Thursday, June 16, 2011

Ants, Novelists, and Lawyers by Mark Madison


A very warm welcome from your co-moderator this week—reluctantly following Kris Hoellen’s great discussion of this section. My name is Mark Madison and I am the historian for the U.S. Fish and Wildlife Service. It is a real honor to be moderating this book blog. I have great respect for those of you who have taken the time to make insightful comments and my own career has been significantly influenced by Wilson’s work.
The first book I read as an undergraduate in 1986 was E.O. Wilsons On Human Naturea look at the genetic and evolutionary origins of human behavior. Two weeks after completing that book (the first book I read all the way through in college), I changed my major from Political Science to Biology. That is the type of impact someone like E.O. Wilson can have on impressionable minds. Later while a graduate student at Harvard University, I encountered countless students like myself who had come to the University or been attracted to the field by Wilsons exciting ideas. As for the natural environment, speaking now as a professional conservationist, I can say without hesitation Wilson is perhaps the most respected member of our field having done more to explain and protect the nature he loves than any other living scientist. So it is very exciting for me to discuss Wilsons first attempt to explain the natural world through a novel.
Which raises the first question: what fiction writers do you think influenced Wilsons novelistic style? Personally I sense a lot of Harper Lee (To Kill a Mockingbird) and John Grisham in Wilson's Anthill.
The second question comes from the name of this section--The Armentarium. This was definitely a new term to me (and my computer spell check). It is extremely obscure but seems to refer to medical training/tool kit. Presumably Raff is adding a legal degree to his personal tool kit. This begs another question: is a law degree an essential tool for environmental protection? Or to spin it out more broadly: are environmental laws the best means to protect nature?
I look forward to reading your thoughts on one or both of these quite disparate questions. . .

6 comments:

Anonymous said...

I think a law degree is essential in environmental protection nowadays, as environmental issues seem to be sent to the courts by one or both parties. My sister is a lawyer, and litigation seems to be ever present in disputes today. I think it is almost impossible to protect nature in any broad sense without legal counsel.

Magdalena said...

I think even if a law degree isn't essential at the very least knowledge of the environmental laws is necessary. Also, environmental laws certainly are a great way to protect nature but there are other ways as well. Sometimes making laws takes so long and can be very frustrating. I think public education outreach programs can teach people why it is possitive to protect the environment whether you legally have to or not.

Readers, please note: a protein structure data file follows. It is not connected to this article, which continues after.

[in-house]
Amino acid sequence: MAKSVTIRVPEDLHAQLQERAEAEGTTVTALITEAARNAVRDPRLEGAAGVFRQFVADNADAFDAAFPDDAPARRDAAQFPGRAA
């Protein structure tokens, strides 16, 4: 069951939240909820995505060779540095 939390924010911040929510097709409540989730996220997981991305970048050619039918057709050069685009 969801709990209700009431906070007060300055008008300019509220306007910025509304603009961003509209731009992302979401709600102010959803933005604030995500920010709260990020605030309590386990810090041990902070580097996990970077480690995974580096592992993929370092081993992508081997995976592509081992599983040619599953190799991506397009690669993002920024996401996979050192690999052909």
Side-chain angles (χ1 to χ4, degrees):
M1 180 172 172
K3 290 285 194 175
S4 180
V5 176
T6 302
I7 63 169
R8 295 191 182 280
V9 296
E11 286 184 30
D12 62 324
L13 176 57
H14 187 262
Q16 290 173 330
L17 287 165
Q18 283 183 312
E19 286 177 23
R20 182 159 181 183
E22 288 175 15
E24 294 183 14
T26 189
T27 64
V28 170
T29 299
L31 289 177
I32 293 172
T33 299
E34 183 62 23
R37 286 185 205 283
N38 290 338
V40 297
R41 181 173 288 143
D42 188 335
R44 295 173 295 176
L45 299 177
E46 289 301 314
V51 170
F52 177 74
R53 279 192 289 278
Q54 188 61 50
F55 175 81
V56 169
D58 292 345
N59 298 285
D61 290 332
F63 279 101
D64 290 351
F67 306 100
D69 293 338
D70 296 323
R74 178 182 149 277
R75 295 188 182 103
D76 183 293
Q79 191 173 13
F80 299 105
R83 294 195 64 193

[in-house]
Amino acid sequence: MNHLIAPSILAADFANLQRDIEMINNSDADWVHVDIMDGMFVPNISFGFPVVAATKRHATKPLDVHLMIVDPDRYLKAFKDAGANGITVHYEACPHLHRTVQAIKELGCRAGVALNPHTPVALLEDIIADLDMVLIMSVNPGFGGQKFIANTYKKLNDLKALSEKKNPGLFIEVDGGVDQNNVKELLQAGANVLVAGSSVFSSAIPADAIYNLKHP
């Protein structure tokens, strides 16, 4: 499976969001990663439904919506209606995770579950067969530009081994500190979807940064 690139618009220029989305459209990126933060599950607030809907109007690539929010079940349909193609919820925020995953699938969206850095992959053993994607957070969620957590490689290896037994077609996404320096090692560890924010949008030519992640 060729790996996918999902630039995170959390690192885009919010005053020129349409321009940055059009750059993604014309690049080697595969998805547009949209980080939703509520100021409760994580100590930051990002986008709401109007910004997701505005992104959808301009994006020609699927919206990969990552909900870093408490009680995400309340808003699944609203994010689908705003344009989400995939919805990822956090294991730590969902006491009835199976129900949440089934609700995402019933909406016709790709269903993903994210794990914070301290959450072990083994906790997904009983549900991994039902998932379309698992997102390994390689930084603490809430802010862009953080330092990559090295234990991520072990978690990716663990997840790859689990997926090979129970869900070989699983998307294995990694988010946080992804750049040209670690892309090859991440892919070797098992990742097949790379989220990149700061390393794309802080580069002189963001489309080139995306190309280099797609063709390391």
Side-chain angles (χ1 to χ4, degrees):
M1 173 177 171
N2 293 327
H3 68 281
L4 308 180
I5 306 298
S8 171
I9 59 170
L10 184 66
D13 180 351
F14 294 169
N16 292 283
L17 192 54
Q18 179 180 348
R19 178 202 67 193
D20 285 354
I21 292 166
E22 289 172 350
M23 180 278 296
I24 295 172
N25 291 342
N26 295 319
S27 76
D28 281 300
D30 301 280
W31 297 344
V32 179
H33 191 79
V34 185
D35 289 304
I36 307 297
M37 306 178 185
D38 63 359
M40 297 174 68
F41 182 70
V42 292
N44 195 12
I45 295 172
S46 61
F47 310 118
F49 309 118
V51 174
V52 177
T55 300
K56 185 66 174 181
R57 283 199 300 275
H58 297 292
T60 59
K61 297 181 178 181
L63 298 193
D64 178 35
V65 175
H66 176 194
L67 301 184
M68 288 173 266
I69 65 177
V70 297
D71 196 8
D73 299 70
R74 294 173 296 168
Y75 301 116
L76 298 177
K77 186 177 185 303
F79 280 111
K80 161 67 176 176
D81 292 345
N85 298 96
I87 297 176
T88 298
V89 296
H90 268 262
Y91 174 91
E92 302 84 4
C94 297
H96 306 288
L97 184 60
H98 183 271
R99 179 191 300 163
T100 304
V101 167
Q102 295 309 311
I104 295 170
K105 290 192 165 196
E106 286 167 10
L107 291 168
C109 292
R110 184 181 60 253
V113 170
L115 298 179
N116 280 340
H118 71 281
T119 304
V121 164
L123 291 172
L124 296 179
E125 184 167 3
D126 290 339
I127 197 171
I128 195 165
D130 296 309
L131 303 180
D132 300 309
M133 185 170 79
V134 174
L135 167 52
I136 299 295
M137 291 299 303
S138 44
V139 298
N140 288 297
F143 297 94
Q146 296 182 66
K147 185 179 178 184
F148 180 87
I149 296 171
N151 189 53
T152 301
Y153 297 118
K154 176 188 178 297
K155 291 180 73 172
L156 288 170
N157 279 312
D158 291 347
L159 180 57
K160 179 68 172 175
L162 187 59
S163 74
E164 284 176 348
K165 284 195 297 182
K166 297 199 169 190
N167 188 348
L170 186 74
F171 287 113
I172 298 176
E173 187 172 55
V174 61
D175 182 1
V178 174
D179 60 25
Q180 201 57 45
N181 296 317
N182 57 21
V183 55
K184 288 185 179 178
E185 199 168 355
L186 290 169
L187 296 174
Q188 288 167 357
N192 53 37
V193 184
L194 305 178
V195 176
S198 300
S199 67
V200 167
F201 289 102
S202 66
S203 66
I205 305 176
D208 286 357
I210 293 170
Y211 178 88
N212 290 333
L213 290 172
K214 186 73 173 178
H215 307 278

Ted Schmitt said...

I suspect that Dr. Wilson gave Raff the law profession very purposefully instead of assigning him autobiographically the entomological or academic profession. Is it possible that as he looks back on his life and thinks that a stronger legal spin might have impacted environmental protection in greater way. I would love to hear from him regarding just this question.

Mark said...

Great comments. I share the sentiments. Certainly a great deal of our environmental protection is based on laws (e.g., Clean Air Act, Clean Water Act, NEPA, Endangered Species Act) and a great deal of good can come from using these tools (part of our environmental armentarium). But the law has limits. Magdalena noted that laws take a long time and it takes a long time to revise them also. Yet the ecological sciences are moving at a breathtaking rate. Imagine how the sciences have changed since 1973 when the Endangered Species Act was passed! So we need other tools like education, public outreach, and wise management to fill in the gaps and expand beyond only legal remedies. I echo Ted's question also. Wilson was a pioneer in entomology, evolutionary biology, and ecology and yet his largely autobiographical character chooses the law. Is this Wilson considering the "road not taken"?

Anne Post said...

A speck of Twain perhaps?

Anonymous said...

Thank you for your ideas, Mark. I appreciate you telling us what an Armentarium is! I thought is might be the name of a secret chamber in the bowels of Harvard University. I can't stop wondering why Wilson uses this obscure term, mostly used in medical references. Wildons does like to play with language, which is what makes him an interesting writer.

Anyway, I think that in order to move environmental causes along we need a whole tribe of disciplines working together... the scientists, the lawyers, the leaders/visionaries, the extrovert communicators, the data wonks, etc. As well as this team approach works, I find there is a curious inner dialogue by scientists ("If only I knew the legal angle here") and the lawyers ("I am not a biologist and need to be to argue this"). It takes everyone folks.